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How Do I Start Clowning? Balloon twisting, part 1

Clown Tutorial – twisting balloon animals, part 1

The first ‘clown skill’ we’ll look at is twisting balloon animals into different shapes. Why balloon animals first? There are several reasons: it’s virtually expected of a clown for one, it’s inexpensive (roughly 8 cents each, buying them retail), and extremely versatile.

A few caveats first. Be aware that balloons can, do, and will pop. That’s normal. Even though they’re made of latex (not standard balloon rubber), and can therefore take a lot more ‘twisting,’ they will still pop. Never give a balloon to a small child (I use a guideline of three years old or less). If the child bites on the balloon (which small children will do — taste is a significant part of how they experience the world), the balloon will pop, a piece can then fly straight down the child’s throat, and the child will suffocate and die — you will not be able to dislodge that piece of latex in time to save the child. Don’t turn something meant to delight a child into something so horrible. Thank you.

If you think it was depressing to read that paragraph, imagine what it must have been to write it. Also, (even though it seems harsh), don’t trust the parent who says that they’ll just keep in on the child’s shelf or dresser; I’ve had parents tell me that, and then hand the balloon to the child as they stroll away! Remember your goal in doing this is to make children smile, not cry. How do you avoid the problem? By telling them that your insurance doesn’t cover giving balloon animals away to children under the age of 3 (no lie, by the way — if you’re a member of the Clowns of America International, and have their performers insurance policy, it doesn’t).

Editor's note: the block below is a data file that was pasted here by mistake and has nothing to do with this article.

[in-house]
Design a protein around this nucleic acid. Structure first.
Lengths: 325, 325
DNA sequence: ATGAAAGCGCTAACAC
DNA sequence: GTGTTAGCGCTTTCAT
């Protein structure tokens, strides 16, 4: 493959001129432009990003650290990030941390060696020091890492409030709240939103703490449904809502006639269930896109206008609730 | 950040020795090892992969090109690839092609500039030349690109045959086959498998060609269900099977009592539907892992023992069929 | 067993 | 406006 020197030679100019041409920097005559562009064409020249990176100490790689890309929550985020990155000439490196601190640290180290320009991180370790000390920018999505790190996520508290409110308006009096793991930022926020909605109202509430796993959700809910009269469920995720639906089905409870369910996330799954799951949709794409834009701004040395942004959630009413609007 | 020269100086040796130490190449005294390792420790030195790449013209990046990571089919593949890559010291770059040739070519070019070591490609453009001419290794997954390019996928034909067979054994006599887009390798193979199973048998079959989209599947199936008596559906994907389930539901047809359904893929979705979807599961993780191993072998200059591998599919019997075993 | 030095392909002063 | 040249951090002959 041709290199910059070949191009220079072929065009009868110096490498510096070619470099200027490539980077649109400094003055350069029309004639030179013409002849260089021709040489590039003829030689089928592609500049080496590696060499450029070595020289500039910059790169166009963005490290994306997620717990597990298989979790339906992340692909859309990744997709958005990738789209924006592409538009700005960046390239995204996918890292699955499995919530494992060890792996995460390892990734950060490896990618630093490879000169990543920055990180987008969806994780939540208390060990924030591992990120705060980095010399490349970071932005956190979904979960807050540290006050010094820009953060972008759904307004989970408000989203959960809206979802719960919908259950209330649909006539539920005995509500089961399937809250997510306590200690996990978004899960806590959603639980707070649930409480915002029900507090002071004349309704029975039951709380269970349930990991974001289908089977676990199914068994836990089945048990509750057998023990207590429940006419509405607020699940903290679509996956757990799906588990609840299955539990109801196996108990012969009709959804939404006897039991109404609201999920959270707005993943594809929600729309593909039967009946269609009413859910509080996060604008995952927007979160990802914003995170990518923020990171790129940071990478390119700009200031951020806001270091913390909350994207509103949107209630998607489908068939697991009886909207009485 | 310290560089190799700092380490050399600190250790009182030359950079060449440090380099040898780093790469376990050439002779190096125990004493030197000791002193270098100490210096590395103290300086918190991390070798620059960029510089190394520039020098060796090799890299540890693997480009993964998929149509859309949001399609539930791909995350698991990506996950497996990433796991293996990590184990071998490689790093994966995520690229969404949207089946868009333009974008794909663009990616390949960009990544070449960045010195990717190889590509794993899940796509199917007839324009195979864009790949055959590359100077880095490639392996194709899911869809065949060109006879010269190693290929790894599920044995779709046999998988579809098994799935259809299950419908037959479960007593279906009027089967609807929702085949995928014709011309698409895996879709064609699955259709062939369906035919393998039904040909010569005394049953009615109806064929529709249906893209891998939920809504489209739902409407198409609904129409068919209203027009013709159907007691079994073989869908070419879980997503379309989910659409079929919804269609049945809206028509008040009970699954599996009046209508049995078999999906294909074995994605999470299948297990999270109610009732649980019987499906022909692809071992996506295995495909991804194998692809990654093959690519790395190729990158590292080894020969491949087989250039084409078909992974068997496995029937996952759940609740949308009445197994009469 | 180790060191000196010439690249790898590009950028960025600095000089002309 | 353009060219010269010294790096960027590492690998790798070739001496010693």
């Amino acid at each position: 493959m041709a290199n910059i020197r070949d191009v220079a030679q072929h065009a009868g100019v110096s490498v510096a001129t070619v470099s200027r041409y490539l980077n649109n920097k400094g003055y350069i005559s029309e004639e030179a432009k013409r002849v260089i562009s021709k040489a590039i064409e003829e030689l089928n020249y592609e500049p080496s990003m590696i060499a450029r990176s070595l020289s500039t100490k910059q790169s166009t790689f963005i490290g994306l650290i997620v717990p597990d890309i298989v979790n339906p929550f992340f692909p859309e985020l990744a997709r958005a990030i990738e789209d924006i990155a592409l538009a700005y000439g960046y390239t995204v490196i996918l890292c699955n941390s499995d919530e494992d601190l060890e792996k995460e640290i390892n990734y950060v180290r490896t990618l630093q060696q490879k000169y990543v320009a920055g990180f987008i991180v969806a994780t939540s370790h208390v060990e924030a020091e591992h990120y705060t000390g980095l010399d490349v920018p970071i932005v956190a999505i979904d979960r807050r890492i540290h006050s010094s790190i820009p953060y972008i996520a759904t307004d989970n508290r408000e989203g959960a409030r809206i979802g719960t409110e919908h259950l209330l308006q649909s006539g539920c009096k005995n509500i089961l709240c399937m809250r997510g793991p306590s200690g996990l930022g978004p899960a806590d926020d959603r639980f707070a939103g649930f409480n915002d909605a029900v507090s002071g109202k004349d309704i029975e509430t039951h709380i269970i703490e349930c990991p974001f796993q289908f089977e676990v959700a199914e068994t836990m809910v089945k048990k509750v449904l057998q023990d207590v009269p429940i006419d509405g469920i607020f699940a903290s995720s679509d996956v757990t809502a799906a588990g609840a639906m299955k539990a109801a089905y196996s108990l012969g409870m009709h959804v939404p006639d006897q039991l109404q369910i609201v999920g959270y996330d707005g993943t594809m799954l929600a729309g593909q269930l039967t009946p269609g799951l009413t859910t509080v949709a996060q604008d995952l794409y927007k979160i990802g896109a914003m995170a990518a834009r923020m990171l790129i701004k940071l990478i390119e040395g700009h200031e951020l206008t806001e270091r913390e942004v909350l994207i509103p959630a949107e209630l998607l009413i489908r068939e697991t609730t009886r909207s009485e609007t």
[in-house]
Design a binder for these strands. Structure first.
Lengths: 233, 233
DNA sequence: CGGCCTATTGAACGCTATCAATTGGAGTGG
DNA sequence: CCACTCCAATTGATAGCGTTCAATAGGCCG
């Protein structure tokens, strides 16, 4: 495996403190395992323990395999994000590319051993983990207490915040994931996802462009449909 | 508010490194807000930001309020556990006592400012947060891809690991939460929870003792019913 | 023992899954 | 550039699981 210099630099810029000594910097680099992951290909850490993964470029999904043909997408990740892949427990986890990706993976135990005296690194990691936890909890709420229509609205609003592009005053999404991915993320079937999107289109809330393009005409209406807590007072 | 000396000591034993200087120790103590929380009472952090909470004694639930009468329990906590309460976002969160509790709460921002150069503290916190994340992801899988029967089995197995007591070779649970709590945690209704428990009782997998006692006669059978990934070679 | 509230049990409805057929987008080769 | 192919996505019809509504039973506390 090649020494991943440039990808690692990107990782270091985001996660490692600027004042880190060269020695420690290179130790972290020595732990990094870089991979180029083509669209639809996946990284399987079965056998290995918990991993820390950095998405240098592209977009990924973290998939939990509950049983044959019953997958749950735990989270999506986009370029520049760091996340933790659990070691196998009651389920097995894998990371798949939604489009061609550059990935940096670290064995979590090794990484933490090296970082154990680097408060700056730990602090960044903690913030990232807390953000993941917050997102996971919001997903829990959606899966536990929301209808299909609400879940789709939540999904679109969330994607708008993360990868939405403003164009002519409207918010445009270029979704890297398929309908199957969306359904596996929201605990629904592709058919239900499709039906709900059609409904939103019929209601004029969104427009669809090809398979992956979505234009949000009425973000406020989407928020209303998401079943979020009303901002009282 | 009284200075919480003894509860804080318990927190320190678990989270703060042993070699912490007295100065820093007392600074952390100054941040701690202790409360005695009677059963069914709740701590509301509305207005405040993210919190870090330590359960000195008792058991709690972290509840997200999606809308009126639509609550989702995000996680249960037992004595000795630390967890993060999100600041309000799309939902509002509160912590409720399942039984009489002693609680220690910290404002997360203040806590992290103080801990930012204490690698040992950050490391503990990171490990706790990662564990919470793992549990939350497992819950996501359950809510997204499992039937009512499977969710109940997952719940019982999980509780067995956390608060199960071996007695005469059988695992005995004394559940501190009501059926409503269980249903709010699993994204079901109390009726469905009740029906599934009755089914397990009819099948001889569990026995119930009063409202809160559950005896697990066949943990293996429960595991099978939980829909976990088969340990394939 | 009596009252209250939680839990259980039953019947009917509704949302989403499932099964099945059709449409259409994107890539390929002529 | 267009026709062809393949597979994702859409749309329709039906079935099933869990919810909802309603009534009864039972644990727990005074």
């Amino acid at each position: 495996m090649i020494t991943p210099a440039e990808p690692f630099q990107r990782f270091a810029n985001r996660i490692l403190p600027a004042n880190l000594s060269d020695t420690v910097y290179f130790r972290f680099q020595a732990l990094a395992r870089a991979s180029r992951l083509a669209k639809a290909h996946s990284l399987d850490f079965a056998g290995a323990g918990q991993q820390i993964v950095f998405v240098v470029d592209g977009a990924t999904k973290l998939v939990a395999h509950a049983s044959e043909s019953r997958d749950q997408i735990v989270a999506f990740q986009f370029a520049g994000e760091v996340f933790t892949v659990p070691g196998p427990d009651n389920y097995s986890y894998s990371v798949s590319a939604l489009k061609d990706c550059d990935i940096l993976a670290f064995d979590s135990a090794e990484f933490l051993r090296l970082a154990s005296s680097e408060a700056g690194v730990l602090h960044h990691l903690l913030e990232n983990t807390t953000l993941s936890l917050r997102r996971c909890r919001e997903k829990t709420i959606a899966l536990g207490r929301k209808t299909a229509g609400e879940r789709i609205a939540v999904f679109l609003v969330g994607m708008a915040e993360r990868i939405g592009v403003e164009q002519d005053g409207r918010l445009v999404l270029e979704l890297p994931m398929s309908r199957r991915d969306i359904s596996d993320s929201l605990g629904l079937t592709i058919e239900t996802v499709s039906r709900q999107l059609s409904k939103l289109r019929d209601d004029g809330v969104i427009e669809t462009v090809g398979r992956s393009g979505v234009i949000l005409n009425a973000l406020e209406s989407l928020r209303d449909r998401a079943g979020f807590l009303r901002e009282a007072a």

Everybody depressed by now? Okay, let’s look on the happy side for a moment. For every ‘problem’ situation I’ve had like the ones I’ve just described, I’ve had one hundred happy, smiling children who are running off to show (friend, sibling, Mom, Dad, Grandma, etc.) their new treasure. It’s a magical moment.

One last comment about popping balloons. You will do it. You will do it many times. Your spouse will ask you to leave the room if you pop one more of those things, you’re driving her crazy! That’s normal. The more you do it, the less often it happens, and your spouse will tolerate you more and more, eventually letting you back inside the house :o)

As normal, this first installment is the necessary boring preliminary stuff. Even so, please take it to heart. Our goal is to make people laugh and smile—let’s be careful out there.

Next time, we’ll actually begin inflating and twisting simple balloon animals, learn why the dog is so popular, and how to be a “twisted” individual. See you then!

Bibliography for twisting balloon animals

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